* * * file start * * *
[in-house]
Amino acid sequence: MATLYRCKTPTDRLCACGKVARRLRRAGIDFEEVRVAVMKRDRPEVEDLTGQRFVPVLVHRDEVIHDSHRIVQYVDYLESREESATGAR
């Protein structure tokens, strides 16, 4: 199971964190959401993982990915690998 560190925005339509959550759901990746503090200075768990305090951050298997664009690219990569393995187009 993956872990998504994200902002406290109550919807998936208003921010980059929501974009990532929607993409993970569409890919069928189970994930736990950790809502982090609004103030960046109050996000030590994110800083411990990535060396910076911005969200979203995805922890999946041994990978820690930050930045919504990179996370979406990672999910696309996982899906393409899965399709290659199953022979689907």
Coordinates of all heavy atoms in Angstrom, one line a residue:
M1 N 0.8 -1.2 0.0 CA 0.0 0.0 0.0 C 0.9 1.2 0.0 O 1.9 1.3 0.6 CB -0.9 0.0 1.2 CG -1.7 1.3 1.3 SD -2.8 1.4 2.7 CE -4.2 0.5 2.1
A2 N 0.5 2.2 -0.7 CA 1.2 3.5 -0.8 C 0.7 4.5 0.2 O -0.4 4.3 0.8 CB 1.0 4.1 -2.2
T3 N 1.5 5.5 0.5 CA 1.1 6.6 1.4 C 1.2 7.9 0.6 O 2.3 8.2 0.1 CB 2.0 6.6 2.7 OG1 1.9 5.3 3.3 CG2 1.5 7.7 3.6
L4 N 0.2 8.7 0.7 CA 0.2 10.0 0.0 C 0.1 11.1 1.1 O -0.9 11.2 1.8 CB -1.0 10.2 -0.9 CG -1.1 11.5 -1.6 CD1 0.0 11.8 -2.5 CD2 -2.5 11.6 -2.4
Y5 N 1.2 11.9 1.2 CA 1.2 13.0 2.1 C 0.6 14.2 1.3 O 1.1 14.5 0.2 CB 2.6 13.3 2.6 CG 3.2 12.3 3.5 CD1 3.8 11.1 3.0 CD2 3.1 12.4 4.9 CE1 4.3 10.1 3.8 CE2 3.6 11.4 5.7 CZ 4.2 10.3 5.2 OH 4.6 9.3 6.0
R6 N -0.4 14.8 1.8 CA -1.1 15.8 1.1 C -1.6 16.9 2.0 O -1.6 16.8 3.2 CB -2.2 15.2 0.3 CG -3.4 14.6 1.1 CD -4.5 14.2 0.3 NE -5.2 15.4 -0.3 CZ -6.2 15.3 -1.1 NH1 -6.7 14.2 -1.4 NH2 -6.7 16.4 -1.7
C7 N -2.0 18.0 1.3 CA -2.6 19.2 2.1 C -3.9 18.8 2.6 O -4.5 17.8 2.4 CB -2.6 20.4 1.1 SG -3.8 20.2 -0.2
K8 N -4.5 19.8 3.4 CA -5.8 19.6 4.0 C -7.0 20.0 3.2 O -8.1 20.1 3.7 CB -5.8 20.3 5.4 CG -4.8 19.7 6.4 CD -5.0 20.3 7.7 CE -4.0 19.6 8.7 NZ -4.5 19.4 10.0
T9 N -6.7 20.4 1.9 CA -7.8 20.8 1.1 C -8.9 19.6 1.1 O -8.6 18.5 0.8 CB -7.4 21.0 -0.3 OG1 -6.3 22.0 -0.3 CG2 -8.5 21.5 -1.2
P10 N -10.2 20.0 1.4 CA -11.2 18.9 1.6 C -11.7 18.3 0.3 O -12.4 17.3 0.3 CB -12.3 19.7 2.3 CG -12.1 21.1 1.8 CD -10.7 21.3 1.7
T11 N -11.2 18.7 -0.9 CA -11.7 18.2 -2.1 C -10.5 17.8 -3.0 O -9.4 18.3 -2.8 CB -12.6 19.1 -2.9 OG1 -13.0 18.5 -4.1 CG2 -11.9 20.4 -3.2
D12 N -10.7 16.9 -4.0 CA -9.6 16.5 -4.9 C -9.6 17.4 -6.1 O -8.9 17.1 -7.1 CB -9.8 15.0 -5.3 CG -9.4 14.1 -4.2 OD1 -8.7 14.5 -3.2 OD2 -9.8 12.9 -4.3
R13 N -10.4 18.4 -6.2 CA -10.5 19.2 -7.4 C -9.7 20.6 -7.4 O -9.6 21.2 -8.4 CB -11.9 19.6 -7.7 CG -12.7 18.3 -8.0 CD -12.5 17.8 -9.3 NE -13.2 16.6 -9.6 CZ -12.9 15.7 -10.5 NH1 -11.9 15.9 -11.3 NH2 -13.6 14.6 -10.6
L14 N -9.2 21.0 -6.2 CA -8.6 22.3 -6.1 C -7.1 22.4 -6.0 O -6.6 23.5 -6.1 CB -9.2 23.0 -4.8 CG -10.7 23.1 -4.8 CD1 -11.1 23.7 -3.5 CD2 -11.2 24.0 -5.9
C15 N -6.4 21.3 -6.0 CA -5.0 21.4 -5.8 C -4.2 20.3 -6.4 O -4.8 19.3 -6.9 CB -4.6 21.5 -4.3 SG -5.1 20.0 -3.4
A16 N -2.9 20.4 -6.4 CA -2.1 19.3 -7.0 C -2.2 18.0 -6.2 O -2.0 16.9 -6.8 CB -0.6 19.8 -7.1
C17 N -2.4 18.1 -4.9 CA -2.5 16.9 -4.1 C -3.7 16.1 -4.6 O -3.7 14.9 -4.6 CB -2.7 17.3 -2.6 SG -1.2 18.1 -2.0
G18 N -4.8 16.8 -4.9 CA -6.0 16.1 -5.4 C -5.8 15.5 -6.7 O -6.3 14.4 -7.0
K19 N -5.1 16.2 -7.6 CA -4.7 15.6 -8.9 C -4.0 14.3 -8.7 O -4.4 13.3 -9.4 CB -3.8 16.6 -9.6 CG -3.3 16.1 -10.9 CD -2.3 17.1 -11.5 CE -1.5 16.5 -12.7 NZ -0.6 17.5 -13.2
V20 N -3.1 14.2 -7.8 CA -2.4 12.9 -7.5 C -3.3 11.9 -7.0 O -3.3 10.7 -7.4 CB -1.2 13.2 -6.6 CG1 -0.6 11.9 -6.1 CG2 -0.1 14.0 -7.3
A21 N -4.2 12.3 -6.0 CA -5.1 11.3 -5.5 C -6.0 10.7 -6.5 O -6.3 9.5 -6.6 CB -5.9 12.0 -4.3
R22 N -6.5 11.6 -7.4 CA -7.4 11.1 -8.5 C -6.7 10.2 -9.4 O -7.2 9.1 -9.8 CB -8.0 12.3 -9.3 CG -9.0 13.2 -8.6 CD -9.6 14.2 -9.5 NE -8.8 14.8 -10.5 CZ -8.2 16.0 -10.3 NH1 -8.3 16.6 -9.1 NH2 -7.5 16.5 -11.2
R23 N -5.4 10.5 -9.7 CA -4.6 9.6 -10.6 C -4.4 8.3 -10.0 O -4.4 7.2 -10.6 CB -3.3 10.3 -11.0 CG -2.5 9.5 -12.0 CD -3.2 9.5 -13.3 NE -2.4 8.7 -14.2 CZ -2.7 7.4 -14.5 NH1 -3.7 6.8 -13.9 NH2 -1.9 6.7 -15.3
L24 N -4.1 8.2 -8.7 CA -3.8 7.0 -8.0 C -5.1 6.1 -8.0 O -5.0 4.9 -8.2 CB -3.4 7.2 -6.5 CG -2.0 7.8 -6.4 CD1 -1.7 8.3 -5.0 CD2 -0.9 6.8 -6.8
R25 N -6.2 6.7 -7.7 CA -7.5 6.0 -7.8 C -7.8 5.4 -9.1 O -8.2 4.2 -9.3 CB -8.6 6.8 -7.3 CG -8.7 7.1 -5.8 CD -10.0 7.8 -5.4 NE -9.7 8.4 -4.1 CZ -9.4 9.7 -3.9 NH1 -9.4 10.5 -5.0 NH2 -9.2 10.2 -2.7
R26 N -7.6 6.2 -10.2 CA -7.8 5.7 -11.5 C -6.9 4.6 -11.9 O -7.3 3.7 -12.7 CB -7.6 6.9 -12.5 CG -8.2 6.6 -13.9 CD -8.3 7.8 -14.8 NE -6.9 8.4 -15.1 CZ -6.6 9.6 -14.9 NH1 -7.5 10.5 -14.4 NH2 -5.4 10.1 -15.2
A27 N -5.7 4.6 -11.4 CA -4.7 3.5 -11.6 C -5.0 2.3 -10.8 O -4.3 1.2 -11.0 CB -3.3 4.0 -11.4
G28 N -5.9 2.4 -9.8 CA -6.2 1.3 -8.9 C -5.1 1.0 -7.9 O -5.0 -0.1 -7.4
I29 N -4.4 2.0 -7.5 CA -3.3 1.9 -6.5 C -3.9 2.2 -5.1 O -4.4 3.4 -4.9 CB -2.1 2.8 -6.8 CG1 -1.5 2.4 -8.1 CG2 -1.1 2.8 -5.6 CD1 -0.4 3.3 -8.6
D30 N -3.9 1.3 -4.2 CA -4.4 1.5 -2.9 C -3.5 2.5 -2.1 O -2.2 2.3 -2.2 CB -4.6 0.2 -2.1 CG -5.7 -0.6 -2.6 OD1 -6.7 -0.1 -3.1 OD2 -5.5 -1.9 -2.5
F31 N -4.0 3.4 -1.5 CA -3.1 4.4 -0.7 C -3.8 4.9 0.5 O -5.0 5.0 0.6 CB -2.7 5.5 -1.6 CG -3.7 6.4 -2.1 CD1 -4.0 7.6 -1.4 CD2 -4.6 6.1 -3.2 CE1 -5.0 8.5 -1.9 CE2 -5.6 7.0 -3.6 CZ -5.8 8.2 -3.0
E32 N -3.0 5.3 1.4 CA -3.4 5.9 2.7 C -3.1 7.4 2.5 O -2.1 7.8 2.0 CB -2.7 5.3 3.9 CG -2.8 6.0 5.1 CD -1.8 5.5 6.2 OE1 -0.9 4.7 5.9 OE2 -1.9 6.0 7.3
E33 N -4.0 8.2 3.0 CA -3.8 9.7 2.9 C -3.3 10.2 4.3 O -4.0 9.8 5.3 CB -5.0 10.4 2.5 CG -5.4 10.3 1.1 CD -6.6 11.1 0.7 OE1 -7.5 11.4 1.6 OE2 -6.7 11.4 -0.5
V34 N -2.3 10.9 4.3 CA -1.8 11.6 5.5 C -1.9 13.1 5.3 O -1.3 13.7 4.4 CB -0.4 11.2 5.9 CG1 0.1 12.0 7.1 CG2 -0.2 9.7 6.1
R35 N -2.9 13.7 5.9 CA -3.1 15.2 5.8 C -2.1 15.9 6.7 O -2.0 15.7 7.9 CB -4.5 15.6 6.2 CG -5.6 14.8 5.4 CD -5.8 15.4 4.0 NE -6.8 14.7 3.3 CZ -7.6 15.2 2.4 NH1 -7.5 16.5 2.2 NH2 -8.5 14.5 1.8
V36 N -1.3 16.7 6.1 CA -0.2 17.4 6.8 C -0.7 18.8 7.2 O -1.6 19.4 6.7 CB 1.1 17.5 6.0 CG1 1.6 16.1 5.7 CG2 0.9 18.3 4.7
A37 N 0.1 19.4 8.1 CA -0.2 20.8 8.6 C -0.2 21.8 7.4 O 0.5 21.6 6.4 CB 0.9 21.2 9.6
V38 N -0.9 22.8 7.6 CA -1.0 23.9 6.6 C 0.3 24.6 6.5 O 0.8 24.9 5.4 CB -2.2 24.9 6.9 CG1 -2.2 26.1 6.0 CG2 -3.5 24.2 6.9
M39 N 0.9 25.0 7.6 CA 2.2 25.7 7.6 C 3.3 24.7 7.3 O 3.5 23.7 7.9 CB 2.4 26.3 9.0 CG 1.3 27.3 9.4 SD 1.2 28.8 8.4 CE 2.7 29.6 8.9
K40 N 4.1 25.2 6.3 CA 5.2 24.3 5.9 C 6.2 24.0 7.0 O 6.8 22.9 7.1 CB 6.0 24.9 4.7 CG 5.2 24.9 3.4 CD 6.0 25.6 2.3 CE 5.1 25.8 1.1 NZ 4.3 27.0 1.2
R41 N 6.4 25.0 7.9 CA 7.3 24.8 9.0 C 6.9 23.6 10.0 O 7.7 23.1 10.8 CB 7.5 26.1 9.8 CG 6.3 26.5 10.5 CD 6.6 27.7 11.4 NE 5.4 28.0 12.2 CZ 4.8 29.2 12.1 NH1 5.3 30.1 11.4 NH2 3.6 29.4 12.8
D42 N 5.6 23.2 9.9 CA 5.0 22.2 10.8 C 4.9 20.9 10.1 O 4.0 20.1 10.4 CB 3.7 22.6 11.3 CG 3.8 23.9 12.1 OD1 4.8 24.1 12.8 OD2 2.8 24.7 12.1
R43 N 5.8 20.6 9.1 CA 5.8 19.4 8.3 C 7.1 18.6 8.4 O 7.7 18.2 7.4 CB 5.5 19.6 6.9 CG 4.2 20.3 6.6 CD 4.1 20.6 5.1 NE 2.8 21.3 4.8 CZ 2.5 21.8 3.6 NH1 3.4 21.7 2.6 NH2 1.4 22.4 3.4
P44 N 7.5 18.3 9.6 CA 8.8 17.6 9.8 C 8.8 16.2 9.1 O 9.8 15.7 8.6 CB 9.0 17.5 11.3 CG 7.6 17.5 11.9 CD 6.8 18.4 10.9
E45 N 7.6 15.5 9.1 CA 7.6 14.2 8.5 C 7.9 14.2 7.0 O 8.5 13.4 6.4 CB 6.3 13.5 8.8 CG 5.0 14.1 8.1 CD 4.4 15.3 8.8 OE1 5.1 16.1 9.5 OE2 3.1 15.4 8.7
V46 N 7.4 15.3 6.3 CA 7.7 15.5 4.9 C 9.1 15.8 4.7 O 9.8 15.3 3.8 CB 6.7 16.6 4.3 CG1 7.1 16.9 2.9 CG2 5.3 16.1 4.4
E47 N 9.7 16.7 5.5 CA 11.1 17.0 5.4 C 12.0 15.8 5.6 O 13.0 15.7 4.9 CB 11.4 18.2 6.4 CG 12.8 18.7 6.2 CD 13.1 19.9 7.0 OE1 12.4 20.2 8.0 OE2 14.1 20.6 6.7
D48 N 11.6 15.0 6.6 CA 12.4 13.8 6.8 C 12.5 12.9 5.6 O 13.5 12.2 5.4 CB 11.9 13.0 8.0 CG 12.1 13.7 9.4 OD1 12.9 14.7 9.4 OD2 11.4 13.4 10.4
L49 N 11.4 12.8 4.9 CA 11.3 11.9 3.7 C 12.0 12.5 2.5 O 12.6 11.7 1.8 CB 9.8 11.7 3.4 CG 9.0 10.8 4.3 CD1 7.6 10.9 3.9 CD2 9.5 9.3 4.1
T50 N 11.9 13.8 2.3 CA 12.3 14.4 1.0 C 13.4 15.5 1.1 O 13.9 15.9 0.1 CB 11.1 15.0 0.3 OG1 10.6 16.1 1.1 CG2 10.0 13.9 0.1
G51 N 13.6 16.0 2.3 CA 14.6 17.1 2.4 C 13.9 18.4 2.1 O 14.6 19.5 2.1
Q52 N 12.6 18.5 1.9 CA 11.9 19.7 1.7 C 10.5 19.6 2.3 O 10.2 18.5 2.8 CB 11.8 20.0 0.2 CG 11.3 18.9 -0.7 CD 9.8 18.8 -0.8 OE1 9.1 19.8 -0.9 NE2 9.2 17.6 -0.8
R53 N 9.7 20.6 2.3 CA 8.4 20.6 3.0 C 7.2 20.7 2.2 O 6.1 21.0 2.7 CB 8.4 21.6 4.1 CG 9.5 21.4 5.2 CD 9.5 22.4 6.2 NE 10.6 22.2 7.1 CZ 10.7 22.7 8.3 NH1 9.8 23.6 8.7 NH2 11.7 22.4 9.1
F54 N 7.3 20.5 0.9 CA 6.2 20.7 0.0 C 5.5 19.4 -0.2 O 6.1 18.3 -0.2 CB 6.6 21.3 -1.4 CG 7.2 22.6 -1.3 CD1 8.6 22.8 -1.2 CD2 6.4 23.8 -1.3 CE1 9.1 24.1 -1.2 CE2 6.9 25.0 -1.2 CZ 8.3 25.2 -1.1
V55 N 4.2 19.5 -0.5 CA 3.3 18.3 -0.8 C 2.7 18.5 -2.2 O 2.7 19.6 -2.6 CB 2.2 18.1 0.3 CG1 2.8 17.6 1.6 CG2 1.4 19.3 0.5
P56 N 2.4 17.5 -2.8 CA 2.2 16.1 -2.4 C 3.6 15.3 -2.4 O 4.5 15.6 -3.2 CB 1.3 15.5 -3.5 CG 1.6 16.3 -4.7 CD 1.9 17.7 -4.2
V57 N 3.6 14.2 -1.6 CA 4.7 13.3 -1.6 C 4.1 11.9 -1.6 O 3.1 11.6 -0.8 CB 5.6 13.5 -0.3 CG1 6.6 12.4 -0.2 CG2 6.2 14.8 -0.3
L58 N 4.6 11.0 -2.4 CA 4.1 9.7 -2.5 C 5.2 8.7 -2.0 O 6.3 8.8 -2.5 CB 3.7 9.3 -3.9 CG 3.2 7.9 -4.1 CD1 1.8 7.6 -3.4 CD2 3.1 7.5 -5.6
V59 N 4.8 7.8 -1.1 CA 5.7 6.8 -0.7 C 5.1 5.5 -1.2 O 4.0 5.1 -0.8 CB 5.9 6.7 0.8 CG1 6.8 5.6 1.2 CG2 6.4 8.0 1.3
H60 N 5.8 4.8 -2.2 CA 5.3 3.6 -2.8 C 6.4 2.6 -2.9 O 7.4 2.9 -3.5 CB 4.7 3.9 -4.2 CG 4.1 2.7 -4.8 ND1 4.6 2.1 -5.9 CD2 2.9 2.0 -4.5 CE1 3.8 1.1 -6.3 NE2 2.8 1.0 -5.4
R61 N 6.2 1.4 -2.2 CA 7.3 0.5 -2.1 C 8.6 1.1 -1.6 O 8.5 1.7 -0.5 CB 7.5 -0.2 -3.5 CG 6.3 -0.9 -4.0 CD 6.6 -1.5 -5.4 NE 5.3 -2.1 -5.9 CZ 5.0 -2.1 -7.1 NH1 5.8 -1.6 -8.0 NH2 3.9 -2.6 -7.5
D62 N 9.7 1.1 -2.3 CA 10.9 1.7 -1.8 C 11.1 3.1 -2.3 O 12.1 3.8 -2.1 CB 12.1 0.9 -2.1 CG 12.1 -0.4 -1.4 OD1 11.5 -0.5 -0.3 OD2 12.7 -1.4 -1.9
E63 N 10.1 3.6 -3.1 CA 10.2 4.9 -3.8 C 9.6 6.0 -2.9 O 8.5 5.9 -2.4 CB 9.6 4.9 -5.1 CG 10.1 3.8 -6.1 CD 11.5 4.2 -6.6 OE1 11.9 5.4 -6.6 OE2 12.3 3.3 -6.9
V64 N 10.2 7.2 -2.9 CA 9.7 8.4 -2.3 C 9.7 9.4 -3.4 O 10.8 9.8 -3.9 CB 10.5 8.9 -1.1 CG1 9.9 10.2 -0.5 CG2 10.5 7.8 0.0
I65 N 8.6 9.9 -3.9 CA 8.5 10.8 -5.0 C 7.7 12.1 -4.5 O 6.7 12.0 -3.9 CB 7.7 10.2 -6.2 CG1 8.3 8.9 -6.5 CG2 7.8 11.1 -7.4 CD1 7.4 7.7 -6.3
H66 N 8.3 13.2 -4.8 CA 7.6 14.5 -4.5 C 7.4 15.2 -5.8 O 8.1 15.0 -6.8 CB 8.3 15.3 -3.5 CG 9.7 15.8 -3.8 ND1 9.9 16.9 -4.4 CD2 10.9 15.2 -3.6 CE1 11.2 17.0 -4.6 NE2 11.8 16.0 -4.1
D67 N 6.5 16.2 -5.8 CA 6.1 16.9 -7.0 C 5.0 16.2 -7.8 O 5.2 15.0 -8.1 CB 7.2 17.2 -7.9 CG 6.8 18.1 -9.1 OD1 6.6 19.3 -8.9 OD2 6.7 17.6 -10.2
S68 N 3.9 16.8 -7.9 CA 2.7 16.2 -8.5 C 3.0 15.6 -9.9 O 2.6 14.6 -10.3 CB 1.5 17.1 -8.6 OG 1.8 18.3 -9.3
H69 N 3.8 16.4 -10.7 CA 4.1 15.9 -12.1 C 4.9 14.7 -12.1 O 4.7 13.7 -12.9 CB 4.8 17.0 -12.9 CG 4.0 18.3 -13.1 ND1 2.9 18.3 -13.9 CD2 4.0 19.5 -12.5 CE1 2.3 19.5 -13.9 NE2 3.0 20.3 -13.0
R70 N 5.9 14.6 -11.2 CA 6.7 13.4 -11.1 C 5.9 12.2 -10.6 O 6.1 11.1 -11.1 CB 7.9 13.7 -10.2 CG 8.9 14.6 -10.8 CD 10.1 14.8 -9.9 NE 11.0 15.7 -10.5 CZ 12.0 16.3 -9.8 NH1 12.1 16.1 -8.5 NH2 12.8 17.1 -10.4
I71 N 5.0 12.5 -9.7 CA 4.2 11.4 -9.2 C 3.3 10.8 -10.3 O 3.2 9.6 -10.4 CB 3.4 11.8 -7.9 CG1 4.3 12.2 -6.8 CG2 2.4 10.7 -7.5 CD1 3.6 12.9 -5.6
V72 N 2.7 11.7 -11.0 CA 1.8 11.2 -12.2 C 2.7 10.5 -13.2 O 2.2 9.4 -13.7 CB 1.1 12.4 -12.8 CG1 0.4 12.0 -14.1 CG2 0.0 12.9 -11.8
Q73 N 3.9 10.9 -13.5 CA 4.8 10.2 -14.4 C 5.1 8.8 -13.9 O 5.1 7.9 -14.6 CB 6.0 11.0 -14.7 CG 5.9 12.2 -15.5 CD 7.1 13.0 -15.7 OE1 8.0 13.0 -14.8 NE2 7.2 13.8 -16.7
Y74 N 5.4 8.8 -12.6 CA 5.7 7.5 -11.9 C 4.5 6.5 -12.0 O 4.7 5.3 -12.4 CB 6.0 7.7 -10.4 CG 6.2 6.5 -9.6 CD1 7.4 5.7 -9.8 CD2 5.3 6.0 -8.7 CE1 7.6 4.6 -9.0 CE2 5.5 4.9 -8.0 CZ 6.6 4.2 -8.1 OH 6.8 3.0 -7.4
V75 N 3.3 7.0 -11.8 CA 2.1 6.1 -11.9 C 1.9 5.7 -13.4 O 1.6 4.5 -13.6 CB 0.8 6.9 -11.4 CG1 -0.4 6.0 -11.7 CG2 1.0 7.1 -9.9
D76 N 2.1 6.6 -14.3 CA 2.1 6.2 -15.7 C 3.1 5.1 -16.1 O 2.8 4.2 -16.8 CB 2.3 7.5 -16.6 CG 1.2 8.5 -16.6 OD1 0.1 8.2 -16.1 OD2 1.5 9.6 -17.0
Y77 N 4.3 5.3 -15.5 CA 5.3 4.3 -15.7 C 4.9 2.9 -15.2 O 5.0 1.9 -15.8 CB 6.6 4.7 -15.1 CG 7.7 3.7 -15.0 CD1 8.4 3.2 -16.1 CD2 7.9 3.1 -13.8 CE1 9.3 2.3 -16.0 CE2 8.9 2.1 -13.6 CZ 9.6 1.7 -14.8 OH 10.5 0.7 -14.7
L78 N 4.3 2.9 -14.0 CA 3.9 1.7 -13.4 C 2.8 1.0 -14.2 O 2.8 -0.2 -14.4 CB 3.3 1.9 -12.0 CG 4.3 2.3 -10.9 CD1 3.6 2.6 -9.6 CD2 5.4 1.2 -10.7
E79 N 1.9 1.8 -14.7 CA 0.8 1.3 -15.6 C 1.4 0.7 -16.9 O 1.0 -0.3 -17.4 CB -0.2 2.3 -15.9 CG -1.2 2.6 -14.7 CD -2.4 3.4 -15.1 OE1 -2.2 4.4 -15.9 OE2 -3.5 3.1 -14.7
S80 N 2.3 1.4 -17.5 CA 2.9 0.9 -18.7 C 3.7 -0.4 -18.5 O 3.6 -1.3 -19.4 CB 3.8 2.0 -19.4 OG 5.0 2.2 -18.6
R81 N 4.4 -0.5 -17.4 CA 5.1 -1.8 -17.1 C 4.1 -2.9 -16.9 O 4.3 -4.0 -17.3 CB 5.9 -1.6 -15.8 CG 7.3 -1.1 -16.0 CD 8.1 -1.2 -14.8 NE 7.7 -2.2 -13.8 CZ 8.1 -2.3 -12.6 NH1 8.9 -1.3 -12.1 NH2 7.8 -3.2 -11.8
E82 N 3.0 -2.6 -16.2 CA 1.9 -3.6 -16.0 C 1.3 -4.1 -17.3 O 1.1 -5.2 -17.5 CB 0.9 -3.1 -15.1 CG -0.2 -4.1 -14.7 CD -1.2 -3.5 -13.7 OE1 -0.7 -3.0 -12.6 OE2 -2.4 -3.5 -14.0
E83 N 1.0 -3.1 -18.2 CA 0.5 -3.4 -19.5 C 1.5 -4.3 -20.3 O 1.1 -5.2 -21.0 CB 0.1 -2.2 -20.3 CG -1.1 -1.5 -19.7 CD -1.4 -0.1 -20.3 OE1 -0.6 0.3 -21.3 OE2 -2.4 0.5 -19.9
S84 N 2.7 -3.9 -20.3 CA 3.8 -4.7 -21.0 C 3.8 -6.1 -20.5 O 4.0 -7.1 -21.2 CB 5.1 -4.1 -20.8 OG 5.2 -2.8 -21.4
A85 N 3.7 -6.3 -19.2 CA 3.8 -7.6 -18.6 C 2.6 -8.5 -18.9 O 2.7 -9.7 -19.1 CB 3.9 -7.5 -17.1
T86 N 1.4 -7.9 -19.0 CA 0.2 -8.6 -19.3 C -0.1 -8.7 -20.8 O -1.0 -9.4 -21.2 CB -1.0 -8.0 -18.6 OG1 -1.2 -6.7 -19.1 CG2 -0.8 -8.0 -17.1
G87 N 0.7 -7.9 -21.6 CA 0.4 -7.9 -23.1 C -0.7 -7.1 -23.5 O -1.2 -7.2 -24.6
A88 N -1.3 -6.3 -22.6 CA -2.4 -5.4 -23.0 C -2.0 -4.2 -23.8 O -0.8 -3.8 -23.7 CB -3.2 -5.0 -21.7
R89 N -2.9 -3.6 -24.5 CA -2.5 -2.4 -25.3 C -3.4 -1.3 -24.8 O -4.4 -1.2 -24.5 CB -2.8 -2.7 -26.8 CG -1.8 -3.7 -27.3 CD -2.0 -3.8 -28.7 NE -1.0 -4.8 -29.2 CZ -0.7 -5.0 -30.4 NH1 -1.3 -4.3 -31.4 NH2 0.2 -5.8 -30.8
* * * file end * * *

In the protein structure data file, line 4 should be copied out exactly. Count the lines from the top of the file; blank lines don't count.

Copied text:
Coordinates of all heavy atoms in Angstrom, one line a residue: